Directed by Carlos Saldanha.
Featuring the voice talents of John Cena, Kate McKinnon, Gina Rodriguez, Daveed Diggs, Gabriel Iglesias, Bobby Cannavale, David Tennant, Anthony Anderson, Flula Borg, Sally Phillips, Boris Kodjoe, Jerrod Carmichael, Raúl Esparza, Karla Martínez, Miguel Ángel Silvestre, Peyton Manning, and Juanes.
After Ferdinand, a bull with a big heart, is mistaken for a dangerous beast, he is captured and torn from his home. Determined to return to his family, he rallies a misfit team on the ultimate adventure.
Bookended by a charming beginning and ending, Ferdinand loses its way through the middle stretch quickly becoming the type of animated feature every critic dreads watching and writing about. Abandoning it’s all-age accessible themes regarding going against what one is perceived to be or destined to do, a number of loud and obnoxious talking animals are introduced, all containing thinly sketched personalities (such as a wacky and eccentric goat that could only be played by Kate McKinnon, a cross between a bull and a sheep with hair draped over his eyes impairing his vision voiced by David Tennant using his Scottish accent, and more) that occasionally sing and dance to eye-rolling irritation.
This is doubly frustrating as John Cena actually does a delightful job providing the voice work for the titular Ferdinand, an oversized bull fascinated by flowers with the least bit of interest in fighting. Cena is able to bring a warmth and gentleness to the loveable lug that is much in line with his true-to-life personality. The WWE poster-boy looks like he’s chiseled out of stone, but underneath the bulky exterior is one of the largest hearts you could ever find in a person. I say this also having met the man. Simply put, Cena is right as Ferdinand, and this is his strongest acting work yet despite the questionable quality surrounding the rest of the feature.
Unfortunately, this is just what happens when you assign six different writers to adapt any children’s book, let alone Munro Leaf and Robert Lawson’s The Story of Ferdinand for it to be directed by a mediocre filmmaker (Carlos Saldanha of Ice Age popularity). The tones never really feel at odds with one another, but more like certain writers were tasked with writing specific sections. When Ferdinand finds his way into a home as a pet (he even considers the family’s actual pet dog his brother) and is growing both physically and mentally, uncovering that bulls can choose to be lovers instead of fighters, it’s cute to watch. Also, a sequence where the rest of the outside world still sees him as an untamable beast (Ferdinand has a destructive accident in public, complete with an on-the-nose but funny ‘bull in a china shop’ sequence) stings a little.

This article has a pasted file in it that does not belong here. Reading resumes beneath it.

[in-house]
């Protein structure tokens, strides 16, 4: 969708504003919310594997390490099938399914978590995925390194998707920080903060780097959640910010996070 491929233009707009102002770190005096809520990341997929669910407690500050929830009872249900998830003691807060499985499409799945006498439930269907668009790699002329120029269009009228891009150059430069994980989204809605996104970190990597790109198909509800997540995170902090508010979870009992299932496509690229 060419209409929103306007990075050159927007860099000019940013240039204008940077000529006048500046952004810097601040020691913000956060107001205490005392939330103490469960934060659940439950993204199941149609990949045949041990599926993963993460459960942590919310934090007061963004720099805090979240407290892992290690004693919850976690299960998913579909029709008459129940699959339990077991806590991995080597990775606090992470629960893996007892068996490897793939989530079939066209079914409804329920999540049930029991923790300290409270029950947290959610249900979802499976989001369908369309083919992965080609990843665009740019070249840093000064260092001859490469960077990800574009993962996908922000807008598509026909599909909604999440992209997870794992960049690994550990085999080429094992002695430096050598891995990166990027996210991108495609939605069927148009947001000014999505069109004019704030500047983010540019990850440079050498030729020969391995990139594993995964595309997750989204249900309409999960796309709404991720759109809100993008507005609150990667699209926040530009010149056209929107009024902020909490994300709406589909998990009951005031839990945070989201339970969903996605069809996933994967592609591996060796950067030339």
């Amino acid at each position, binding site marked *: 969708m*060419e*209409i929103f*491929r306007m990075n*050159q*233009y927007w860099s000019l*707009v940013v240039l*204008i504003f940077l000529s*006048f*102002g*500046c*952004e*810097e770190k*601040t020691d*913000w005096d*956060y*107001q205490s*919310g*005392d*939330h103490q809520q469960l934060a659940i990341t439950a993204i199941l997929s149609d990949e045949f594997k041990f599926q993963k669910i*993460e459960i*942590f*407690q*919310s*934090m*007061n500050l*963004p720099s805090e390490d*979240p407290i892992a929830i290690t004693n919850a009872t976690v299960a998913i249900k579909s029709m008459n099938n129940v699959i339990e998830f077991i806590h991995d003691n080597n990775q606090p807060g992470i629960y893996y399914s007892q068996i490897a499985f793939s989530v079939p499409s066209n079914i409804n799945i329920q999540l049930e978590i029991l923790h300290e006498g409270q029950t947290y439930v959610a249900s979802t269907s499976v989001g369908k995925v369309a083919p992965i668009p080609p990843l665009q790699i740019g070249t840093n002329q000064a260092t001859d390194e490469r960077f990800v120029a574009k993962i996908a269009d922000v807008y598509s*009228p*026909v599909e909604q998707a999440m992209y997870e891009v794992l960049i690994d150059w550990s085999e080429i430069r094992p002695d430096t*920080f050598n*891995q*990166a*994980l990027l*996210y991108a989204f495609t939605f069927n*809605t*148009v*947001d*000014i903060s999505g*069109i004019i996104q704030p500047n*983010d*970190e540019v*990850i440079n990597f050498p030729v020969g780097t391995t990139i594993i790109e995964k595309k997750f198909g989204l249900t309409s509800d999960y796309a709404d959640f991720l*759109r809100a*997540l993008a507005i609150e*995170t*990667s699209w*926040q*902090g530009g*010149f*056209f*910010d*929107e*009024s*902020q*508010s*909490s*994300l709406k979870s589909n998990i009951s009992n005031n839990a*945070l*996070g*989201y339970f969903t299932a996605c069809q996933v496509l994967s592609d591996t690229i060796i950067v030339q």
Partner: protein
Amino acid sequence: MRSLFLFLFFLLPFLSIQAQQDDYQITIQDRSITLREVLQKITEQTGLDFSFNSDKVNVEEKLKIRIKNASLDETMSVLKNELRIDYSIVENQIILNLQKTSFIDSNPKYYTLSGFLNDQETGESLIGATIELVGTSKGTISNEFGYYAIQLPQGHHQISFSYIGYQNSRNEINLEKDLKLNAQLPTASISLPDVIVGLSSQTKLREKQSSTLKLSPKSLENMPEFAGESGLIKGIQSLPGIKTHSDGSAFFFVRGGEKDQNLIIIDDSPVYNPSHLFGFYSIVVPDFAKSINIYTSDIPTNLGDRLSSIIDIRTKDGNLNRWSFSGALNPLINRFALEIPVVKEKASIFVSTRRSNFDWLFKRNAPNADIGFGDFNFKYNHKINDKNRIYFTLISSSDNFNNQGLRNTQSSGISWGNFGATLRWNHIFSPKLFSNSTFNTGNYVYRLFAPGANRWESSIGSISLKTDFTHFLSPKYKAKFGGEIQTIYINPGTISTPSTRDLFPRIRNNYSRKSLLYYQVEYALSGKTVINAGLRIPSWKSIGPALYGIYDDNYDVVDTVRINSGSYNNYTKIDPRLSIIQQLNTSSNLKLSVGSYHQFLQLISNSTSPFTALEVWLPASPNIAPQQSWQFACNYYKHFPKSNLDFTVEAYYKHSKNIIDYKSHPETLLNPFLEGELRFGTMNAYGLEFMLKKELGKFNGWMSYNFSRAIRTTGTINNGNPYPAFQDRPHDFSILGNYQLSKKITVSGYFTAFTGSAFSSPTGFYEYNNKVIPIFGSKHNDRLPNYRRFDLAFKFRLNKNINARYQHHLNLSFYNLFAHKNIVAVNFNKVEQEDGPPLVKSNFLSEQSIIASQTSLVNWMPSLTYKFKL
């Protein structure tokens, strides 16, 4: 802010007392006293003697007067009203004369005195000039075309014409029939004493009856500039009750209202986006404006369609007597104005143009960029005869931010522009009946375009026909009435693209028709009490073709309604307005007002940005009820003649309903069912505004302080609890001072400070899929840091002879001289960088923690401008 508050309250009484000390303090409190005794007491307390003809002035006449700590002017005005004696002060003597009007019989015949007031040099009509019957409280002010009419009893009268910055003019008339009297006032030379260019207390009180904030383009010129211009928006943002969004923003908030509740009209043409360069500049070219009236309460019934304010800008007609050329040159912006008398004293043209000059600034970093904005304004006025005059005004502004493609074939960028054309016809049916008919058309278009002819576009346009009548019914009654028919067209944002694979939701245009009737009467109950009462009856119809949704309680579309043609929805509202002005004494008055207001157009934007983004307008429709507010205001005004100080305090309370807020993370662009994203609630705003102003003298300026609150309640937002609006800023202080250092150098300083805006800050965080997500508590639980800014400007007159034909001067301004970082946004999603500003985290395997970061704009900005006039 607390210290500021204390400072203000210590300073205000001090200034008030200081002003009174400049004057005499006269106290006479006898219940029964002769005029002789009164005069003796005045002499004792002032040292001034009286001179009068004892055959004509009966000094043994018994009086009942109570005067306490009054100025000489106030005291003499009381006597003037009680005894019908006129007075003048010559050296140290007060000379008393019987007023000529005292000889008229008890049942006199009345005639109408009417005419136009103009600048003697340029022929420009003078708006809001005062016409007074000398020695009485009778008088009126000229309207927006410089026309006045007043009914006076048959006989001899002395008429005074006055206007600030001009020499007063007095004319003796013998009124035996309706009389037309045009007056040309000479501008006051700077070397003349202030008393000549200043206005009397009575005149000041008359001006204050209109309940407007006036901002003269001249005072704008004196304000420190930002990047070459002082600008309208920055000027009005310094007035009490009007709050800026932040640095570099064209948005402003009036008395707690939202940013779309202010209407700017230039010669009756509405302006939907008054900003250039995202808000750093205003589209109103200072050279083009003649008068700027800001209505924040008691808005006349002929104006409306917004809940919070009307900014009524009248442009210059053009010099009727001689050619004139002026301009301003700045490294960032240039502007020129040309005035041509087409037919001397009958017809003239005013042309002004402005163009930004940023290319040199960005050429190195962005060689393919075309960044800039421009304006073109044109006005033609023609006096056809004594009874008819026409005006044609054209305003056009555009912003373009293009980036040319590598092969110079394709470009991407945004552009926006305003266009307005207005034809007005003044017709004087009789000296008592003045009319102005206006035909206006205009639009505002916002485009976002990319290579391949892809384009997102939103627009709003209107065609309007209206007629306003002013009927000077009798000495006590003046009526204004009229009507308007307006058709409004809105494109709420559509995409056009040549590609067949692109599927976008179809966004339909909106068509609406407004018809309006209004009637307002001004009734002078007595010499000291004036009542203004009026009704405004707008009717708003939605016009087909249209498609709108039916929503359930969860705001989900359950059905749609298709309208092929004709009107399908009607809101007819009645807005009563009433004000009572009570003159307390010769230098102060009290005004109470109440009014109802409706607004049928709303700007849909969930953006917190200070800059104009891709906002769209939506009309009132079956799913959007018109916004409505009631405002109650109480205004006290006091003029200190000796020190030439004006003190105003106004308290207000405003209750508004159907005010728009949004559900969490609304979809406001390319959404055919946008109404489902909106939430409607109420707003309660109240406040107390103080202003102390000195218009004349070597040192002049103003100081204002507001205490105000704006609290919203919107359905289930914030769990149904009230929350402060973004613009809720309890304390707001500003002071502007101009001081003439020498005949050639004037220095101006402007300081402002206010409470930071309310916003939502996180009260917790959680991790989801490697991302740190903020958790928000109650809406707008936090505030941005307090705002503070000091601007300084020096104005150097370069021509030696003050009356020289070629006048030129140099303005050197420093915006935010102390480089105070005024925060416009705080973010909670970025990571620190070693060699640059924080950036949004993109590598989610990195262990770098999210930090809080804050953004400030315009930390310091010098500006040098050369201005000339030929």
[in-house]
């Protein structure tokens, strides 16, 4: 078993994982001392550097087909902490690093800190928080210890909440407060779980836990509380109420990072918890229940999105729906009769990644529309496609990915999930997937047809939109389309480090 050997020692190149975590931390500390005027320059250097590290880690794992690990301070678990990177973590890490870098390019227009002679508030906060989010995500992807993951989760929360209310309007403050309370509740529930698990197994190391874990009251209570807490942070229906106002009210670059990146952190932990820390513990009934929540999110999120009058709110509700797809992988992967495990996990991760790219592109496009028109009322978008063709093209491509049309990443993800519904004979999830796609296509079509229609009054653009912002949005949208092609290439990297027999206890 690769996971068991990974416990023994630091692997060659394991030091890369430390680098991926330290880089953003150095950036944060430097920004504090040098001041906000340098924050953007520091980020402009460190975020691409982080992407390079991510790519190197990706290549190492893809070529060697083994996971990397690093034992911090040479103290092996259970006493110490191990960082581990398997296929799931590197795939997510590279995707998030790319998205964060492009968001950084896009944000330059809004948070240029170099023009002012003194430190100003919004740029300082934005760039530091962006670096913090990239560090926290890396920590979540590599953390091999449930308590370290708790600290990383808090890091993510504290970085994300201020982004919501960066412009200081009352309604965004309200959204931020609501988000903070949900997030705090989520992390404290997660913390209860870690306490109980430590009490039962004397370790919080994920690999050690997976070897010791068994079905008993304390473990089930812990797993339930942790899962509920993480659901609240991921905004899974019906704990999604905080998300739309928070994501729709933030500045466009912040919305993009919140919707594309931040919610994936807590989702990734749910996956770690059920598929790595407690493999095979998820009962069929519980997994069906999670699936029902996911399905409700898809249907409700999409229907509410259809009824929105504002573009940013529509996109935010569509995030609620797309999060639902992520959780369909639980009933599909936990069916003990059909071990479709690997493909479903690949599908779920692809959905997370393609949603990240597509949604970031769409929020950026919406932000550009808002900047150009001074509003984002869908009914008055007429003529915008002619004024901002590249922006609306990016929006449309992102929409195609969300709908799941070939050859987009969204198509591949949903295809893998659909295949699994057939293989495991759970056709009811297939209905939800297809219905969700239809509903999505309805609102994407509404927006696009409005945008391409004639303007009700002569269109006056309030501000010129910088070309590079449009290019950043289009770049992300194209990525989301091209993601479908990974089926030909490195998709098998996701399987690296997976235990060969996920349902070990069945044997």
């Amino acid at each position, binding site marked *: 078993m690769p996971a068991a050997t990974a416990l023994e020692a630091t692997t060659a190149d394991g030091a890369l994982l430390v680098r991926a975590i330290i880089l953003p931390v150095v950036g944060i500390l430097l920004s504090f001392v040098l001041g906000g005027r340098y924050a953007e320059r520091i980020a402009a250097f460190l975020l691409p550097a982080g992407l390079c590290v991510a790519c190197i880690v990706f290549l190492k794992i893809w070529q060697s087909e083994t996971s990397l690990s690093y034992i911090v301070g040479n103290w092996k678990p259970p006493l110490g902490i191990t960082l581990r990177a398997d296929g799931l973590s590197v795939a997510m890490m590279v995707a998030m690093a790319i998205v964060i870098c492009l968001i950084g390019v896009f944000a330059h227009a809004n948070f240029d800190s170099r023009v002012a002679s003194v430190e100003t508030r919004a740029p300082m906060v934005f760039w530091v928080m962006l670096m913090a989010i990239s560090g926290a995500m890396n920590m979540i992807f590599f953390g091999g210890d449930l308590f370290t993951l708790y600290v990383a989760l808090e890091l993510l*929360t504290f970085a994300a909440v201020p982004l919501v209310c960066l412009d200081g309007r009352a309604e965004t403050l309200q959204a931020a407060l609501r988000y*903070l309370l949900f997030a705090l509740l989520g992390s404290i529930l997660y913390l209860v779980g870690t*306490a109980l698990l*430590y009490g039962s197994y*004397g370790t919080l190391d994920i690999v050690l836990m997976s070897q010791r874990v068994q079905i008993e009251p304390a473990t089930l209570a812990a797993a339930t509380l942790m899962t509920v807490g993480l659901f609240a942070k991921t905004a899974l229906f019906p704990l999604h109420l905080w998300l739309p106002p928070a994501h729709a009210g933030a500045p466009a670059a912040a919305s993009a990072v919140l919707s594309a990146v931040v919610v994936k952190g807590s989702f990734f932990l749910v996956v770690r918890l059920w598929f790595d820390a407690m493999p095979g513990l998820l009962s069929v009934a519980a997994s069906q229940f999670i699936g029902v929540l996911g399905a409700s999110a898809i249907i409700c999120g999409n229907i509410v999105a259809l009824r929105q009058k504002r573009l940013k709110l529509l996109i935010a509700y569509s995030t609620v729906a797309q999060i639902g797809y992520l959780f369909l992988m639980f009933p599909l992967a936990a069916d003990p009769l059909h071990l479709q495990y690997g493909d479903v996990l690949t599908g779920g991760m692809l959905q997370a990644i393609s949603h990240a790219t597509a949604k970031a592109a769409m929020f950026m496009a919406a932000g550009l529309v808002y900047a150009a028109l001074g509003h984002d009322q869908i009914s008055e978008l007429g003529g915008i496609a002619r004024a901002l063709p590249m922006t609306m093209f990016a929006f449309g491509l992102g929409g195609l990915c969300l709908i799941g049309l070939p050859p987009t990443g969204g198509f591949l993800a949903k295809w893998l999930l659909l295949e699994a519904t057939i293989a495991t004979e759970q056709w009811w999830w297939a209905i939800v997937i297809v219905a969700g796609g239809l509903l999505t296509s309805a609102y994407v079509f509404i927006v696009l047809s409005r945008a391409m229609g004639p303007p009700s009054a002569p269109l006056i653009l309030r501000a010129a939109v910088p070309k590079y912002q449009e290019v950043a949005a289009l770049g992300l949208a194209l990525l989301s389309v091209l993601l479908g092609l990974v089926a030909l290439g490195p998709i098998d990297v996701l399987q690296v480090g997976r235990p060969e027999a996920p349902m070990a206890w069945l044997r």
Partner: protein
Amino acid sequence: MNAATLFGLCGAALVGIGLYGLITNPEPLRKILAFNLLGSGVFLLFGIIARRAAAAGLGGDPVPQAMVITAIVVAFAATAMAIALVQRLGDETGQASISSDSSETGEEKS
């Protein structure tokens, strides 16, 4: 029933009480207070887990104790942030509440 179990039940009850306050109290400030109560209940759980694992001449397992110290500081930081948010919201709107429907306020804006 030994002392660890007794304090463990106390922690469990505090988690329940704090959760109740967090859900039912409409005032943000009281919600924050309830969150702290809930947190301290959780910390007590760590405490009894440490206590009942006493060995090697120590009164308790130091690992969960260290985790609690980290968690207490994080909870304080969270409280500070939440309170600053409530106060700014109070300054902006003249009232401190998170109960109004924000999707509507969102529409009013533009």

As a result, he is taken back against his will to the bullfighting ranch of his earliest calf memories, which was filled with unnecessary bullying from the other youngsters and is also the place he touchingly had to part ways with his father. It’s here though where Ferdinand decides to bombard viewers with familiar grown-up animals, new additions, and a lackluster plot that seemingly wants to condemn bullfighting but never really takes any footsteps in doing so outside a slight attempt during the ending. Anything of substance is lost in dance numbers set to mainstream pop music, and it’s as annoying as one would expect. Even the humor goes the lowbrow route, with David Tennant’s Scottish bull accidentally directing his voice to a goat’s ass because he can’t see. And don’t even get me started on some of the terrible pun-based dialogue from a trio of fashionable German horses.
Ferdinand seems to have all the ingredients to be an animated feature that appeals to children and adults but is a case where the filmmakers didn’t want to put forth enough effort to ensure it did. They settle for cheap humor and laughs while John Cena does everything in his power to inject some emotion and distinctive personality into the proceedings. The same could be said for the entire cast (all of the supporting players from Kate McKinnon to NFL legend Peyton Manning are serviceable for the material they are given), but the plot misses its mark like a matador dodging a bull.
At the very least, you could say it’s beautifully animated with high attention to detail (especially whenever animals interact with mud or other properties). Also noticeable is the resemblance of facial features to some of the actors counterparts, mainly Cena with various mouth movements, smiles, and general expressions. It probably sounds weird on paper but actually works at adding a small extra layer of personality to multiple characters. However, terrific visuals aren’t an indicator of overall success factoring in that every major animated feature is aesthetically stunning nowadays, so it’s not as big of a compliment as it seems.
Again, it’s still one strictly for the kids that are sure to grate most older viewers. There are also far worse animated films featuring talking and singing animals though, so it’s not too disastrous. The only good that has come out of Ferdinand is the definitive proof that Cena is a great voiceover performer. Hopefully, he will receive similar roles. Cena does his best acting when you can’t see him.
Flickering Myth Rating – Film: ★ ★ / Movie: ★ ★
Robert Kojder is a member of the Chicago Film Critics Association and the Flickering Myth Reviews Editor. Check here for new reviews, friend me on Facebook, follow my Twitter or Letterboxd, check out my personal non-Flickering Myth affiliated Patreon, or email me at MetalGearSolid719@gmail.com